With my NLP background I was looking for some book of that kind. From NLP I have learned that it is all based on modelling successful people at accumulating wealth. It is a book profiling typical millionaires starting from values in family, through school and college years, their careers and businesses, marrige, the way they buy houses and cars, hobbies, where their kids go to school and college, if they get any finencial support from them and etc.

I model it in my life. I have read lots of books on wealth creation, but that and his first book The Millionaire Next Door stand out in simplicity, relevance. These book lift the curtain on how millionaires spend their life.

Strongly recommend.
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Format: Paperback
This is the follow up to the excellent "Millionaire Next Door", however it deals with stats on deca millionaires, those who are worth a minimum of $10 million.

People who although normally very average at academics, they are in the large part ultra confident "religious" hard working people of very high integrity. Now this is info we sure don't get from our ever truthful media outlets, some of these heavy hitters actually got their business ideas straight from heaven.

Get the audiobook to play in your car, you'll pick up some amazing pointers that will save you some serious time and money as you become a master of the financial universe.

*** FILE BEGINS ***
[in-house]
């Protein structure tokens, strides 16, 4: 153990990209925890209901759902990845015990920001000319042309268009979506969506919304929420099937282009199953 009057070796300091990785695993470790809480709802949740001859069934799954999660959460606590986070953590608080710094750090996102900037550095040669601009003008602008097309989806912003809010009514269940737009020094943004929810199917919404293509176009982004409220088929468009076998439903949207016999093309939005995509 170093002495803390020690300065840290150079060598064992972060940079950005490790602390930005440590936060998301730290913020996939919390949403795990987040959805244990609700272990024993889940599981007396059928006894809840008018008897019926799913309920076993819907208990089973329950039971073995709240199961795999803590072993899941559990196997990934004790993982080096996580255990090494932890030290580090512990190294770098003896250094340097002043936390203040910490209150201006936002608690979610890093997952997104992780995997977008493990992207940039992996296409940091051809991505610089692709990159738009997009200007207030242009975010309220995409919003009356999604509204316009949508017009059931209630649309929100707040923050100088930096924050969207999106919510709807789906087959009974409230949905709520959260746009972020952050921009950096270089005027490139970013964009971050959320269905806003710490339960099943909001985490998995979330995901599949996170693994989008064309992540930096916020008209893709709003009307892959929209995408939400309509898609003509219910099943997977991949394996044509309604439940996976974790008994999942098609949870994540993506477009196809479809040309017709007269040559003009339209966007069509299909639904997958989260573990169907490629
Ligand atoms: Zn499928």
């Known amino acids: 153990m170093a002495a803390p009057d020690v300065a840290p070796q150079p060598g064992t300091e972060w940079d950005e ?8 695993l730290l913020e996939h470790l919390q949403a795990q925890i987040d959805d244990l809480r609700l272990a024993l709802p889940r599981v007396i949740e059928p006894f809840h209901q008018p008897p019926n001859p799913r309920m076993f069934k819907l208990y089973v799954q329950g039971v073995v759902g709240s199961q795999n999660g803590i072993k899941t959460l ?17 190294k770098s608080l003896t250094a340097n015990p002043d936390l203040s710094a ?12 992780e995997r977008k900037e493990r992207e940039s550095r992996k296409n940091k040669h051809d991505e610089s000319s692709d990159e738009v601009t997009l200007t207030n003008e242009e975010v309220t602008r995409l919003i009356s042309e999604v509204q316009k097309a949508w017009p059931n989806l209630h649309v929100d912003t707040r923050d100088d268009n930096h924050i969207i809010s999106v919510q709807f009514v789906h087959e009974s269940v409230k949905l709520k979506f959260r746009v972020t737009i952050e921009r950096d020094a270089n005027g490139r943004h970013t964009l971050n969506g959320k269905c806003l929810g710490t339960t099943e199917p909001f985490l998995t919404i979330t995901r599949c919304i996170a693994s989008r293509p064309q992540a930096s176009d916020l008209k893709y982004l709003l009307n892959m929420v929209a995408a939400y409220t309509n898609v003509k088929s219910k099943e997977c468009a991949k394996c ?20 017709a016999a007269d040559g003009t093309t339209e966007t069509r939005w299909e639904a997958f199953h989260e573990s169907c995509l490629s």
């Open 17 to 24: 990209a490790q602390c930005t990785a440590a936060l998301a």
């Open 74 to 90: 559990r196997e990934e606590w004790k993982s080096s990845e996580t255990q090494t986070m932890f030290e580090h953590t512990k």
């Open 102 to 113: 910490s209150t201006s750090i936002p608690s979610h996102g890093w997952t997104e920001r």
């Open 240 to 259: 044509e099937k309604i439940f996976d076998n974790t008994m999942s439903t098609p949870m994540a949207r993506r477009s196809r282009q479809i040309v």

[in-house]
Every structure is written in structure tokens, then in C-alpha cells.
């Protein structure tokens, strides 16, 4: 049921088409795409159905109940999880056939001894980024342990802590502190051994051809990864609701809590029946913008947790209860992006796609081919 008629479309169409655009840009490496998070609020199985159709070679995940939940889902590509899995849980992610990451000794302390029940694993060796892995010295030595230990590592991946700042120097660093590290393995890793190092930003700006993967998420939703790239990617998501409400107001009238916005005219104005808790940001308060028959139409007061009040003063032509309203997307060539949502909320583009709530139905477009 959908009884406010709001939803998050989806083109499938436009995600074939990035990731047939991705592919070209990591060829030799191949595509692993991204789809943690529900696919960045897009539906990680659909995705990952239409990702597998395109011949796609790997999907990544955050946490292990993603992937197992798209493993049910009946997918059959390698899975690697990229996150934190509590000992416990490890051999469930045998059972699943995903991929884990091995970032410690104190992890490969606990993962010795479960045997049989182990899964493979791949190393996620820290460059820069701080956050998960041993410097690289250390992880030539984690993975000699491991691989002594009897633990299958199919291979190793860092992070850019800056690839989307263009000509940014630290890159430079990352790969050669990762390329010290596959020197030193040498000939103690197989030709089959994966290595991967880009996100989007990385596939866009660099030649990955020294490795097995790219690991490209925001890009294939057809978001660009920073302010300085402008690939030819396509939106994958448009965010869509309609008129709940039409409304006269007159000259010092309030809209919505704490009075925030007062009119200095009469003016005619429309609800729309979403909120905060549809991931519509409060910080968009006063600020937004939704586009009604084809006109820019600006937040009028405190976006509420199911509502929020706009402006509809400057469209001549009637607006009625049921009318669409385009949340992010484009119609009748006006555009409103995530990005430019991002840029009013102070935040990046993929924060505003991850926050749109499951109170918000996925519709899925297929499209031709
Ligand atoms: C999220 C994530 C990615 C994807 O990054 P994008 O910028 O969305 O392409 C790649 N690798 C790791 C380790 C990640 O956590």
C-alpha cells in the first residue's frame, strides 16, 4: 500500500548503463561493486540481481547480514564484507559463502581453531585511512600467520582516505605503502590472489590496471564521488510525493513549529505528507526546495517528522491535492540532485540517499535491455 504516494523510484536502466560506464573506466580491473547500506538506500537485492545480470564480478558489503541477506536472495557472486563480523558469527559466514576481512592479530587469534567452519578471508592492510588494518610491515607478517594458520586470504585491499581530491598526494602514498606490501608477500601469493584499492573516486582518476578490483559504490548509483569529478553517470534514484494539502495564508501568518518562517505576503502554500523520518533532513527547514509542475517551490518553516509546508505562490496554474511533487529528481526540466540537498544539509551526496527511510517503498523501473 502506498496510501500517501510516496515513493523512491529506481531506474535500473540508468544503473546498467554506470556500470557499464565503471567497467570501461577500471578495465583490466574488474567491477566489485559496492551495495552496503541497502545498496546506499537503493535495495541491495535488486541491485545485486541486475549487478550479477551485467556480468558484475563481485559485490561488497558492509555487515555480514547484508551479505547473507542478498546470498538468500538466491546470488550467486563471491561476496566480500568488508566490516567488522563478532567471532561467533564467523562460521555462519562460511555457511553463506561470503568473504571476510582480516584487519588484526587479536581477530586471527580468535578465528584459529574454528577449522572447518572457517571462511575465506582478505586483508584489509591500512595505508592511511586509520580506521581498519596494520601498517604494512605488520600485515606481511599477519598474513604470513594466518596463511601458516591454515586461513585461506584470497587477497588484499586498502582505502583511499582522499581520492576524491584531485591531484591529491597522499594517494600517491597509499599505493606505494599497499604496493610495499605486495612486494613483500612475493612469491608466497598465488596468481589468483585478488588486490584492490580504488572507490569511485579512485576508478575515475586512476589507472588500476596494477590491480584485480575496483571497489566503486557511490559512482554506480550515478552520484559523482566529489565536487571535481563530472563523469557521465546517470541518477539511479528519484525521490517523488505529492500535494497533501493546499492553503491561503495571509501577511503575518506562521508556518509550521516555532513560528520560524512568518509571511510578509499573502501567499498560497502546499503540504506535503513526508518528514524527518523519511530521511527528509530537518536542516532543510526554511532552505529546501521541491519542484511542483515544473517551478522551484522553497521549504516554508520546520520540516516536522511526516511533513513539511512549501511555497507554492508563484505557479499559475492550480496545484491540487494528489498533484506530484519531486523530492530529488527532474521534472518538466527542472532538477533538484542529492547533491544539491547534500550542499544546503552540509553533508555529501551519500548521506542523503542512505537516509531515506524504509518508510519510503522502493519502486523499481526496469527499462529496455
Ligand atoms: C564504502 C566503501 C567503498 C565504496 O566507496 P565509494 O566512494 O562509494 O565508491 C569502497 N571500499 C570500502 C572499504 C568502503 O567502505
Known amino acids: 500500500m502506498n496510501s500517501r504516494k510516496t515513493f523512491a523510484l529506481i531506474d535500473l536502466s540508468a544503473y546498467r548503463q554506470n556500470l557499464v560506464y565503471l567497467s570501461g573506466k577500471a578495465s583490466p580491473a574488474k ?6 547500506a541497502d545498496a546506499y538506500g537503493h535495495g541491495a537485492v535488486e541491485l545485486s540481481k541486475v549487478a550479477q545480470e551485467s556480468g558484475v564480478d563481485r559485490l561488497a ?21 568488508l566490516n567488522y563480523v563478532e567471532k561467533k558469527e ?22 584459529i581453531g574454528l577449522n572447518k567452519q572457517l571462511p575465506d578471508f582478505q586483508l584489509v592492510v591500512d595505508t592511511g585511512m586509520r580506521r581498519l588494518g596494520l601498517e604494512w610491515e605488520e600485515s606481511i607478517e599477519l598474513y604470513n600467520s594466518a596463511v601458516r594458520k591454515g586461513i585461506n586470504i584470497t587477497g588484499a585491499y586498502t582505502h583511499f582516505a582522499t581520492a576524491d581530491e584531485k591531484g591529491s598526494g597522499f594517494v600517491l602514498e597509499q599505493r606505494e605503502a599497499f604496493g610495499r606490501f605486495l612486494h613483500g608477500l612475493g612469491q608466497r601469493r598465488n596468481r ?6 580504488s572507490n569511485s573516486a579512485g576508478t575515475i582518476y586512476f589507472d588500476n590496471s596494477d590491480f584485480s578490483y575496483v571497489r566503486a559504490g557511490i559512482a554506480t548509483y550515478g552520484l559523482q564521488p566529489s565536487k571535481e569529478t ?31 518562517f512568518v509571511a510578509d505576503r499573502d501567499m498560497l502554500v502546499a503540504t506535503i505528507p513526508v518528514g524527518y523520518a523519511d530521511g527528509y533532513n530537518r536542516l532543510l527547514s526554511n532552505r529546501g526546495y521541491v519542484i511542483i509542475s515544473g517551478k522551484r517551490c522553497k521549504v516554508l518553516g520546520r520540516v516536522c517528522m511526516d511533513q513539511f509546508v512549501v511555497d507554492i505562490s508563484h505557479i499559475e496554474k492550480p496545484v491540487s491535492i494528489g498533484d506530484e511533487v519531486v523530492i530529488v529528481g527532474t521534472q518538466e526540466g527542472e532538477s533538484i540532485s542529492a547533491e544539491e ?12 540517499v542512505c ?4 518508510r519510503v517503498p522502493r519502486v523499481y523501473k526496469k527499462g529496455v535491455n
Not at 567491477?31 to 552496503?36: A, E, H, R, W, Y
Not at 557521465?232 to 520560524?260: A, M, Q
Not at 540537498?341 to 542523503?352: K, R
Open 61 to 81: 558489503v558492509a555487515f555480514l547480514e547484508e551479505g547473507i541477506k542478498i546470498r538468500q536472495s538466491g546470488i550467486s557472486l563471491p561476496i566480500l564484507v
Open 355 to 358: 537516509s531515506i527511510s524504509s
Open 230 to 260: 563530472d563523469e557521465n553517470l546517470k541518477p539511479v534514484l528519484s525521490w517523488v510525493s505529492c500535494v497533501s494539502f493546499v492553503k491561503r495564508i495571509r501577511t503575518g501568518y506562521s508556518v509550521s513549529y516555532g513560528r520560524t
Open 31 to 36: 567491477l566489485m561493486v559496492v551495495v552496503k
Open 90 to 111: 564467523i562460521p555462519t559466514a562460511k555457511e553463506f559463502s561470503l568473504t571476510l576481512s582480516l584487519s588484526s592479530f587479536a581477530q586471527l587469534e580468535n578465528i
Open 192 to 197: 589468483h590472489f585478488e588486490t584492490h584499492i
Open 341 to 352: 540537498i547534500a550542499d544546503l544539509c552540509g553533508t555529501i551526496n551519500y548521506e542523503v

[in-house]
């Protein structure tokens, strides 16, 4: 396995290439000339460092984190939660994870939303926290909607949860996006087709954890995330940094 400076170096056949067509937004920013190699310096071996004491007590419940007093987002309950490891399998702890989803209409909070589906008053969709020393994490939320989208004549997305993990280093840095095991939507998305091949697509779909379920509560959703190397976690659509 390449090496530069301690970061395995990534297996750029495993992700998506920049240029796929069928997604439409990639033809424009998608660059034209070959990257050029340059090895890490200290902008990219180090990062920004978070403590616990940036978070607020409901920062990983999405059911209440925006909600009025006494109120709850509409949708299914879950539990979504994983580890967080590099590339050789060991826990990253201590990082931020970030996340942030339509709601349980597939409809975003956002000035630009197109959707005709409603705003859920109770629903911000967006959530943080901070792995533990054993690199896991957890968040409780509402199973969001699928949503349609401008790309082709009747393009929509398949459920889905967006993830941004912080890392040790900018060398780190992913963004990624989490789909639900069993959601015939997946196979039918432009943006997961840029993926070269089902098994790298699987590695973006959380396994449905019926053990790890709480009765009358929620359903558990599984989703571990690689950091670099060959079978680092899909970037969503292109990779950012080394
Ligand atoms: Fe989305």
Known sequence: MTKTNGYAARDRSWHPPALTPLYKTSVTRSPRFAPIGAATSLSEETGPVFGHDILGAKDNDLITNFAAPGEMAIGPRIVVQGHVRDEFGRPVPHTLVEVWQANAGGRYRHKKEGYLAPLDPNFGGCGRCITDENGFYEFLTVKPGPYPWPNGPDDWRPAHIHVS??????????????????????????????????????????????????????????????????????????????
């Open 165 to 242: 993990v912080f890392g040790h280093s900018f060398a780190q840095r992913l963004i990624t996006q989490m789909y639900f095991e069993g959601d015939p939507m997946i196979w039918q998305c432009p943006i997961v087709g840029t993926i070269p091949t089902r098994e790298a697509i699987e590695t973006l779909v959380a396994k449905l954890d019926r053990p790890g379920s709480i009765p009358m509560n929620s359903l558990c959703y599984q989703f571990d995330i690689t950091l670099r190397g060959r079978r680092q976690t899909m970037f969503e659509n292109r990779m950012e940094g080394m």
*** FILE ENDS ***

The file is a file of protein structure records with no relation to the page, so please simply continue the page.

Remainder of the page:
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29 of 38 people found the following review helpful By Donald Mitchell HALL OF FAMETOP 500 REVIEWERVINE VOICE on 4 Aug. 2004
Format: Hardcover
This book is very seriously flawed in its methods, writing, and conclusions.
If you want to learn more about becoming wealthier, I suggest you read "Rich Dad, Poor Dad" and "The Cash Flow Quadrant instead.
The author surveyed hundreds of people in a few suburban communities. 733 turned out to be millionaires. The book is based on the self-reported results and perceptions of those 733.
Because of the way the sample was selected, you won't get much variety in type of millionaire. Very few inherited-money millionaires make it into the sample. Also missing are 17-year-old models who are on the cover of every magazine, basketball players who sit on the bench for the Celtics and earn millions annually, 25 year old ex-founders of Internet companies, and so forth.
Also, the results are not segmented very much. It would have been nice to have been able to slice the data to look at oneself and see where each of us fails to match up to the standard. This might have provided some ideas about what each person needs to do differently if one wants to become wealthier.
A lot of interesting questions are missed as a result. Are different paths working better now than in the past? What takes the least effort (if one is to be self-made)? What takes the least risk? What takes the fewest number of years?
Most observers would agree that the New Economy has changed the wealth distribution in the U.S. You will look in vain for much on this subject.
Also, since we are only looking at millionaires, we can't find out what is significant if we don't see how their attitudes and lifestyles are different from similar people who are nonmillionaires. That control group is essentially missing in this case.
Finally, what are the odds of success if you do what these people did?